The opposition leader has to be much more

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–than creating chaos, disorderliness and disunity

Dear Editor,
THE Constitution of Guyana is clear as to the roles and responsibilities of each actor. What persons are doing is seeking to misrepresent the Constitution and apply their interpretations of the courts’ rulings as though such represent truth.

It is difficult not to conclude that this is a strategy, and it is time we ask: To what end, and for whose benefit?
The responsibility for the current political environment is not that of the Government or Guyana Elections Commission (GECOM), collectively or alone; it is also that of the Opposition. It is a tripartite responsibility requiring action on the part of the interim Government, the interim Opposition, and the constitutional independent GECOM. All must be held to the standards as outlined in their constitutional responsibilities, and the Caribbean Court of Justice (CCJ)’s ruling on July 12.

That said ruling at Item 7 expressly states: “Article 106 of the Constitution invests the President and the National Assembly (and implicitly in GECOM), responsibilities that impact on the precise timing of when the elections must be held.” Three actors have been identified and called into question on this matter. While identification of all is clear, the call for compliance by the President and GECOM and absolving the National Assembly and the role of the Leader of the Opposition is unacceptable.

Under the CCJ’s ruling, the Opposition has judicial and constitutional responsibilities to discharge. The National Assembly comprises Members of Parliament (MPs) from both the Government and Opposition, yet we continue to witness letters in the press from Opposition MPs calling on the Government and GECOM to do, but they are yet to communicate to this nation their commitment to honour their responsibilities consistent with Article 106(7) and the ruling.

The National Assembly is, too, an independent body, but there is an absence of interest by the Opposition MPs, who comprise this body, to get their house in order that we can navigate this period in an atmosphere of legal and mutual respect. As they cast aspersions on GECOM and the Government, and call on us to hold them to account, this call rings hollow. They, too, have a role to play, and we must hold them accountable in the tripartite arrangement, which they are seeking to make dual.

Further, in keeping with Article 106(6), while the Opposition has called on the government to resign, there appears an unwillingness on their part to forge any intelligent discussion that could realise an indigenous protocol to ensure continuity of government, for there cannot be an absence of government, as Article 106(7) intimates. Even the guideline offered by the CCJ at Item 8, the Opposition appears disinterested in reviewing.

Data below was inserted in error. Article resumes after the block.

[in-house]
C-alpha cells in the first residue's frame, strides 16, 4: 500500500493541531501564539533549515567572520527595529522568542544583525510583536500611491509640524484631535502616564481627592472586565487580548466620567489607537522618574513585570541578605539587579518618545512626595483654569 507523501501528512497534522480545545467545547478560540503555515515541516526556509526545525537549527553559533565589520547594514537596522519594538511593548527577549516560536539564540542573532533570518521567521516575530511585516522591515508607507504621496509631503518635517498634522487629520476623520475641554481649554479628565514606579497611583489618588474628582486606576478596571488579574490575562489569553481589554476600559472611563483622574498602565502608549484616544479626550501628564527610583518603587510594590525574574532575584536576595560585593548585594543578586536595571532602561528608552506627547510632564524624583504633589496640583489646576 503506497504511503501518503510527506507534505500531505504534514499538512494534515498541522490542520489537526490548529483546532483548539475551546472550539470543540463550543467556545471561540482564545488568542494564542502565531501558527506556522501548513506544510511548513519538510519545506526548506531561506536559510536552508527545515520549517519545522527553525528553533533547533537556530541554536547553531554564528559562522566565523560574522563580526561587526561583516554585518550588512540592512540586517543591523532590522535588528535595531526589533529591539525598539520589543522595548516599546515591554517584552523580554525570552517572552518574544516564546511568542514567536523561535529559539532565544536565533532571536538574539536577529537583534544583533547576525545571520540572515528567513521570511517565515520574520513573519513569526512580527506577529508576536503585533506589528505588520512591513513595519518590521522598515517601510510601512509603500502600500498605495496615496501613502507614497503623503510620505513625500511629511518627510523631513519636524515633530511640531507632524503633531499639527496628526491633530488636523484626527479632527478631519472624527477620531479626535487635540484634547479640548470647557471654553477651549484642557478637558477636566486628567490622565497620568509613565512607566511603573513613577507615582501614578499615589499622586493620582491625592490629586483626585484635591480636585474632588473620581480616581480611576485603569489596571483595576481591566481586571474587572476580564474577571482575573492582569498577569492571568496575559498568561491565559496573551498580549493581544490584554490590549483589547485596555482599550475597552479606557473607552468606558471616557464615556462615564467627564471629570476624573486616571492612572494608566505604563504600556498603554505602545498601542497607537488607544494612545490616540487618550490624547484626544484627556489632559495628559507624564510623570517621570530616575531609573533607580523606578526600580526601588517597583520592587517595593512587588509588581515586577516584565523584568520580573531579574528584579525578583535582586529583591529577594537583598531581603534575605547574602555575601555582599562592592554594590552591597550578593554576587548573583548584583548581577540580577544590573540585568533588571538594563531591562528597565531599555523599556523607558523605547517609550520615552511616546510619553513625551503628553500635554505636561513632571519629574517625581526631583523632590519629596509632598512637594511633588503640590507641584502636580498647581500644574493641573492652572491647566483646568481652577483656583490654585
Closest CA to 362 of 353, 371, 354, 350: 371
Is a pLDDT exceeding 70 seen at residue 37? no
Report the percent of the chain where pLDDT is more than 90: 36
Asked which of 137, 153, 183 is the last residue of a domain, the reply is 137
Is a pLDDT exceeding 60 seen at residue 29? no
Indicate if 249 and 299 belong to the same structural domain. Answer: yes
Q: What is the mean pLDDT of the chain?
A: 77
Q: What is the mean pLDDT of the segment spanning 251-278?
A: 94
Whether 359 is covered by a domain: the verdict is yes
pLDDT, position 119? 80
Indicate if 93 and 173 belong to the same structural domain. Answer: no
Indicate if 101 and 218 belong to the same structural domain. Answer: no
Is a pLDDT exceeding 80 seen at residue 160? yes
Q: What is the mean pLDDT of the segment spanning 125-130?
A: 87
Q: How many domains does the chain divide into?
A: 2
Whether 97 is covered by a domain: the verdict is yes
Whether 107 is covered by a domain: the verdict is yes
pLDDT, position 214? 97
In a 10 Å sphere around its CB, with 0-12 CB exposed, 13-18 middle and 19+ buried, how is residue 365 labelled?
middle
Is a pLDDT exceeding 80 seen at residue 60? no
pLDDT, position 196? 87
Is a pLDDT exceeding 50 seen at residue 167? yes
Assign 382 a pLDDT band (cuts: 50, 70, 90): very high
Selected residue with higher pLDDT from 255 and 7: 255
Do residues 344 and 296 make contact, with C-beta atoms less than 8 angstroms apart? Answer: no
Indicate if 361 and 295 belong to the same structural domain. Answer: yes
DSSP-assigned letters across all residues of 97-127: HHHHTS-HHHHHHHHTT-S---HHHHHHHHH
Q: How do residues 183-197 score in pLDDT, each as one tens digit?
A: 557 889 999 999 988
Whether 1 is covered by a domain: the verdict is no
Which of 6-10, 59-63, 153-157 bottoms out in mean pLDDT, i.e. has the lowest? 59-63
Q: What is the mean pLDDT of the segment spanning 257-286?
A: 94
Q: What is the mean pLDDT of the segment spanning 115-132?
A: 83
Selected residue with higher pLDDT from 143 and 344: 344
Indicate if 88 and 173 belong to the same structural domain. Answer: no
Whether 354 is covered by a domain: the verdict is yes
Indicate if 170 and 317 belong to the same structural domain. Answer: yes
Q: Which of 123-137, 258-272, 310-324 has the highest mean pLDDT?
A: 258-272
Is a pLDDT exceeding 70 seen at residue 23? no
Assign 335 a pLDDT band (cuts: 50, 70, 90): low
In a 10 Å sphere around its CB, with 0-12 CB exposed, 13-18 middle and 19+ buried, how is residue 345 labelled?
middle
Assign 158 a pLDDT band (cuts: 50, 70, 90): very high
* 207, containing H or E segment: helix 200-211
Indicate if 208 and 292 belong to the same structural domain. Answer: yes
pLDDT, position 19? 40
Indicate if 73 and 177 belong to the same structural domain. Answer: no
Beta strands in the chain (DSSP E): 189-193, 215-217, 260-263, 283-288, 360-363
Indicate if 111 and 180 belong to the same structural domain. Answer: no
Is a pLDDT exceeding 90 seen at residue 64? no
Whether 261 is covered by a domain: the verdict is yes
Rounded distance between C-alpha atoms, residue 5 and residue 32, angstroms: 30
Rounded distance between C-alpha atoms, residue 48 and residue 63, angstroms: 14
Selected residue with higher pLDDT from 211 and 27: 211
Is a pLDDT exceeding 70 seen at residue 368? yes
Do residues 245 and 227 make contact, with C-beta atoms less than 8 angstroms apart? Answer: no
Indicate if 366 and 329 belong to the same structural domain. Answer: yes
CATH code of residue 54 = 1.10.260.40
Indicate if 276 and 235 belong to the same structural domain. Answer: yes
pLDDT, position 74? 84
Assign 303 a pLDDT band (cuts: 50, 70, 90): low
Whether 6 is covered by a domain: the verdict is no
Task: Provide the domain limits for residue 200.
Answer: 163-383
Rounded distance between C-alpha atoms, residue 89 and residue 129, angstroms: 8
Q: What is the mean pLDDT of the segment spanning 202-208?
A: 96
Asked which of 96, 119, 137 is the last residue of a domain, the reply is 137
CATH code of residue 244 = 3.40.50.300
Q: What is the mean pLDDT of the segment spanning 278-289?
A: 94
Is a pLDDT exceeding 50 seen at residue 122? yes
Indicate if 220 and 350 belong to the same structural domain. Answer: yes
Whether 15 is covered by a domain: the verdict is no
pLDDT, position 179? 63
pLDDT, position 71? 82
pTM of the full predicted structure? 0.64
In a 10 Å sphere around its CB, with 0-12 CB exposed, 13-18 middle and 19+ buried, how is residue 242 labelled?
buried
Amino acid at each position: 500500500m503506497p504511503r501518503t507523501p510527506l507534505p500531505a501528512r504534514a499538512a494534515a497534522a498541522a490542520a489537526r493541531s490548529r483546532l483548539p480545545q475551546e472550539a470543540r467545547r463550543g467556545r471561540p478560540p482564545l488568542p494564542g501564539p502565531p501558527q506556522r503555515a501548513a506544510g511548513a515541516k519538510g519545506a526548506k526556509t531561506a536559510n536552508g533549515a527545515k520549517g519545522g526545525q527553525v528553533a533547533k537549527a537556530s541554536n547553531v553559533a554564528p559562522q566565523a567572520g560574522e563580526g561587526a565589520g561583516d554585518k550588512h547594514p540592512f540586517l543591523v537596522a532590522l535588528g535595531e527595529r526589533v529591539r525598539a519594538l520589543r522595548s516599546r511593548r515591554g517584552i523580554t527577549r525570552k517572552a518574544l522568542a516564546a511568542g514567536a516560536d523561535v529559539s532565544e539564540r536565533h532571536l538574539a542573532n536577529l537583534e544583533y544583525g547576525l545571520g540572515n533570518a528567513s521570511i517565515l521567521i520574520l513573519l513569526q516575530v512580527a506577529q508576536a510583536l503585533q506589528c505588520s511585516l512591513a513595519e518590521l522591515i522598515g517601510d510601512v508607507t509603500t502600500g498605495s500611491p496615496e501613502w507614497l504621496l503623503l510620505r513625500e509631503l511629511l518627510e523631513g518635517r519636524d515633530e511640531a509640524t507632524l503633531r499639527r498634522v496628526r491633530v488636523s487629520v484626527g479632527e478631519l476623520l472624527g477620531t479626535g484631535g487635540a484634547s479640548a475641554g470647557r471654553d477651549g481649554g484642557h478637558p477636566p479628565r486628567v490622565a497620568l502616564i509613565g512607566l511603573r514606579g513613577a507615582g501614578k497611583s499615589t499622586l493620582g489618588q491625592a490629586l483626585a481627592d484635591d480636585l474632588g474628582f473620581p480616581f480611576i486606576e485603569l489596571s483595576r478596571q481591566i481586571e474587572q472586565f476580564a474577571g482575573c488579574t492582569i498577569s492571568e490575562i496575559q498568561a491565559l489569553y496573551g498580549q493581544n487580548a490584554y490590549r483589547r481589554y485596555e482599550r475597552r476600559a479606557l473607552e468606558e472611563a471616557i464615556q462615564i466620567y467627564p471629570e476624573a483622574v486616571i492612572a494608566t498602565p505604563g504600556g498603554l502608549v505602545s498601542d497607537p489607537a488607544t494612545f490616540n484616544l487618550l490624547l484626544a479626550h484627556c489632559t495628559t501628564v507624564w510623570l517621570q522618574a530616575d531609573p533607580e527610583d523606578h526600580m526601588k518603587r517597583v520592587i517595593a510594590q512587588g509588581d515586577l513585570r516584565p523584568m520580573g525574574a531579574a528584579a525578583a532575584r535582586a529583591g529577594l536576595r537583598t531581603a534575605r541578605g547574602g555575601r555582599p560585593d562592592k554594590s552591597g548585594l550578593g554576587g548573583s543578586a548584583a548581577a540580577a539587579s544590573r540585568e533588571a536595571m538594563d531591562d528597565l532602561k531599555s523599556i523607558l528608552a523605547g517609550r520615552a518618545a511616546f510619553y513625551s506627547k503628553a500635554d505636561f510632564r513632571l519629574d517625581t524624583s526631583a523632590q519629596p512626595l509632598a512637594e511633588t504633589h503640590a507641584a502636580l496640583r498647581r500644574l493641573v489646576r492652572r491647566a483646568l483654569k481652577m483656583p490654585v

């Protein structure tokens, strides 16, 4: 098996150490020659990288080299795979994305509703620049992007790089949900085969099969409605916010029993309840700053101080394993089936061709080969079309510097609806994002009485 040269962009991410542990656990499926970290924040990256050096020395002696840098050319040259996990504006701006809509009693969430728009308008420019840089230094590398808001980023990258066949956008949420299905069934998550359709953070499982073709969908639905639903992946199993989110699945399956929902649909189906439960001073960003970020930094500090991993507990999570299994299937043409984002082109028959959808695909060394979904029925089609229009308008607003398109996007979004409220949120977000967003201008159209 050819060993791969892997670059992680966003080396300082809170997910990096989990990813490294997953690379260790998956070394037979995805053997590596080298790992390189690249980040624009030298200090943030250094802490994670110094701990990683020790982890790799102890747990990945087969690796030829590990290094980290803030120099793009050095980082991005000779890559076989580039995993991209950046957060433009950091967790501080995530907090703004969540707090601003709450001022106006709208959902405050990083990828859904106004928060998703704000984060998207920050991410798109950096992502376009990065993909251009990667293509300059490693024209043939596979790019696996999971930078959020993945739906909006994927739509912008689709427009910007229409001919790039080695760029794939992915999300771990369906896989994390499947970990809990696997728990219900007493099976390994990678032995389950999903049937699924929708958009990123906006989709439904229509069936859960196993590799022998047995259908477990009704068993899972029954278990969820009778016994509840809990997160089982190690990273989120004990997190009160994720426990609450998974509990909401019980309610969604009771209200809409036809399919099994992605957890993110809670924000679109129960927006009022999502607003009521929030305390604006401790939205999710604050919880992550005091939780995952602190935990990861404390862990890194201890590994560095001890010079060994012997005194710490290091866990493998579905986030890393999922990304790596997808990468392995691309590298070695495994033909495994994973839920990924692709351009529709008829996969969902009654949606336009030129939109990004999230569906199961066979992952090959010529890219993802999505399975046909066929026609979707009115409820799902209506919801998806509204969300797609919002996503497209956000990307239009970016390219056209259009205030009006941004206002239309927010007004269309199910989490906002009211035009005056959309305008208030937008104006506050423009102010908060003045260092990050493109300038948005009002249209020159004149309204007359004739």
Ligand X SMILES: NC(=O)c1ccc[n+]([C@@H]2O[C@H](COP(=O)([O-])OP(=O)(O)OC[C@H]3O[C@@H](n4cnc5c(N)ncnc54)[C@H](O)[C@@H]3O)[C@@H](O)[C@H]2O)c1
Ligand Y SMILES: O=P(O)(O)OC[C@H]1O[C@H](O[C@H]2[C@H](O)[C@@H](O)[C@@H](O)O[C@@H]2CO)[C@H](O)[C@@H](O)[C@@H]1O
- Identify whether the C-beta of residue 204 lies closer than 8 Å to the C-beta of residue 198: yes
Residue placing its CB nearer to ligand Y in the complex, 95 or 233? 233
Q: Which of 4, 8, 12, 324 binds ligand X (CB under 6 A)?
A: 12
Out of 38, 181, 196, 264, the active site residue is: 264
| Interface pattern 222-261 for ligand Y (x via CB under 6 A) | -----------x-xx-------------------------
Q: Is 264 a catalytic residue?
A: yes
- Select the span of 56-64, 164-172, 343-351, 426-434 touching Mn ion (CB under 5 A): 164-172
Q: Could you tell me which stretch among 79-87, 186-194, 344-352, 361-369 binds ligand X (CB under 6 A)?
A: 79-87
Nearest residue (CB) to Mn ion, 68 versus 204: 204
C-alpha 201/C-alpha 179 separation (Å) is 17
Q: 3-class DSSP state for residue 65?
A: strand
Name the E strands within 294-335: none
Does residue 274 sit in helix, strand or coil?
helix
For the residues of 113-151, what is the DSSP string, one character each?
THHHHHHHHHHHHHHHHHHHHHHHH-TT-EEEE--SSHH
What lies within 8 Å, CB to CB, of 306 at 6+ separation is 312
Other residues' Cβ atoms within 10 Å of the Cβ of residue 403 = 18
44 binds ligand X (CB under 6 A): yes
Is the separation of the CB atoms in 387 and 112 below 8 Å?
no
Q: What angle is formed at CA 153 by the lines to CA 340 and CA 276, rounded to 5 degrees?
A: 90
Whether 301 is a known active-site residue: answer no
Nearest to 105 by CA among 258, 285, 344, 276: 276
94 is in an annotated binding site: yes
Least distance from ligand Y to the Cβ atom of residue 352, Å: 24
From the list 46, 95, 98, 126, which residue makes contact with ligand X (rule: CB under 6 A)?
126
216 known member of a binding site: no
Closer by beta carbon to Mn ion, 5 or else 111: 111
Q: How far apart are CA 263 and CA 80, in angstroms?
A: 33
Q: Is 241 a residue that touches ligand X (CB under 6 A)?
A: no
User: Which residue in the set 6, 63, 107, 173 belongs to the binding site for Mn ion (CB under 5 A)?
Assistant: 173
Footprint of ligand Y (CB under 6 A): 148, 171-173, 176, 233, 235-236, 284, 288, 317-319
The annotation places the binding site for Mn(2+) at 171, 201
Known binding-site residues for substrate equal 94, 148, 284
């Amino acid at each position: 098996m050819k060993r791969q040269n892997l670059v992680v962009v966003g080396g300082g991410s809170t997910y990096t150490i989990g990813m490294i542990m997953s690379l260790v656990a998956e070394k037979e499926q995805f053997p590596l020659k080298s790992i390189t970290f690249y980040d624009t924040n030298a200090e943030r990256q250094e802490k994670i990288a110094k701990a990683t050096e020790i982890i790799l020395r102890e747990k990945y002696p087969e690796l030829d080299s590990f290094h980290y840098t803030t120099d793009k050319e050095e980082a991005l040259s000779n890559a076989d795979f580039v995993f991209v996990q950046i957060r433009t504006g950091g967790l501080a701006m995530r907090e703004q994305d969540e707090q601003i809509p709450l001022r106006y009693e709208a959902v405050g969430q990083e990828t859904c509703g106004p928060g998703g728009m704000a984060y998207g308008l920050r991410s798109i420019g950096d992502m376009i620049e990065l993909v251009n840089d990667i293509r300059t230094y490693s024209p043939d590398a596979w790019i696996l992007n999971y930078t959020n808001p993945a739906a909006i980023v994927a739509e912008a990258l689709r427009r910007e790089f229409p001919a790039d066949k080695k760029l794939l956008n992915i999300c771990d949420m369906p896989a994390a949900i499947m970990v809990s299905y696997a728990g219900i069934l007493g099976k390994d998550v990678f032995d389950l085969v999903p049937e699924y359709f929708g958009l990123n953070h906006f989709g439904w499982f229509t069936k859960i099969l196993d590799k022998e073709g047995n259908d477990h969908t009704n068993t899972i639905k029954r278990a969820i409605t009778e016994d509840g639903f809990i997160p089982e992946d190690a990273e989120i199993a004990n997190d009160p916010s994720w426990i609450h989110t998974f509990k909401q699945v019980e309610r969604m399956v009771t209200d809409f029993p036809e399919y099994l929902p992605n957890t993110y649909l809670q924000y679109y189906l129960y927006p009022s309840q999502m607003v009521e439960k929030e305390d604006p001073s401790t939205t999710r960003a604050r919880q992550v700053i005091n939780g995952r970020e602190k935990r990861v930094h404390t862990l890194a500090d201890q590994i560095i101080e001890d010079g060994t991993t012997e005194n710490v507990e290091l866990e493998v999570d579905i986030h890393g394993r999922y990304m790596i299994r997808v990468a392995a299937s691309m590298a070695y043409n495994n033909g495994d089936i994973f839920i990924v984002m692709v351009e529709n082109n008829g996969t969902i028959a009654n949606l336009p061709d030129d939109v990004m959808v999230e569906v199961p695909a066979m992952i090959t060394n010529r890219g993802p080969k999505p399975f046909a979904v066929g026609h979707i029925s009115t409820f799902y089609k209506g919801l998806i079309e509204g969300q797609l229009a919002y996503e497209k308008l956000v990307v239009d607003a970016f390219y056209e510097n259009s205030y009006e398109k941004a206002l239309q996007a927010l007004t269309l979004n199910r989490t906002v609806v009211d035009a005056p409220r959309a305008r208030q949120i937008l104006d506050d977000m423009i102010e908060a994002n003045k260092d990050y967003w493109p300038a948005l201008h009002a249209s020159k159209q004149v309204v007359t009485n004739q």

Members of Parliament are being paid to work in the National Assembly. For the eight months of this year, though being in receipt of salary, they have not given a fair day’s work in the Assembly. The no-confidence/confidence vote was validly passed on December 21, 2018, so ruled the final court of resort, the CCJ, on June 18, 2019. Three months have passed from the time of that vote in dealing with the earliest period when an election should have been held (i.e. by March 2019).

Both the Government and Opposition have utilised the judicial process in their recourse to seeking justice on the vote which went outside of the three months. No side should be blamed or accused for delaying elections while exhausting their constitutional right to recourse. Respect for the Rule of Law would now see the MPs returning to the Assembly and granting the extension of time, consistent with the “or such longer period” as outlined in Article 106(7).

The bullying tactics, overt or covert, we’re witnessing directed towards Justice Claudette Singh, SC, as to what should be done by GECOM must stop. GECOM comprises of Commissioners representing both sides of the political divide. As an independent body, it must be allowed to freely discharge its duties, consistent with the Constitution and rulings of the CCJ, and recently the High Court.

For whereas GECOM has to do its work to ensure credible election and advise the President as to its readiness when this can be done, in order that he can discharge his responsibility and set a date, no elections can be called without the activation of a vote by the National Assembly to extend the time for calling same. To go down another road constitutes a violation of the Constitution, and risk litigation.

The no-confidence issue is a first for the nation. Guyanese are operating in the dark, and must tread the unknown carefully. The Opposition has a role to play, not only in part but in whole, by attending to all matters relating to and depending on this issue. Its leadership has to be much more than creating chaos, disorderliness and disunity, for such stand to further destabilise this country and the institutions of government.
Regards,
Lincoln Lewis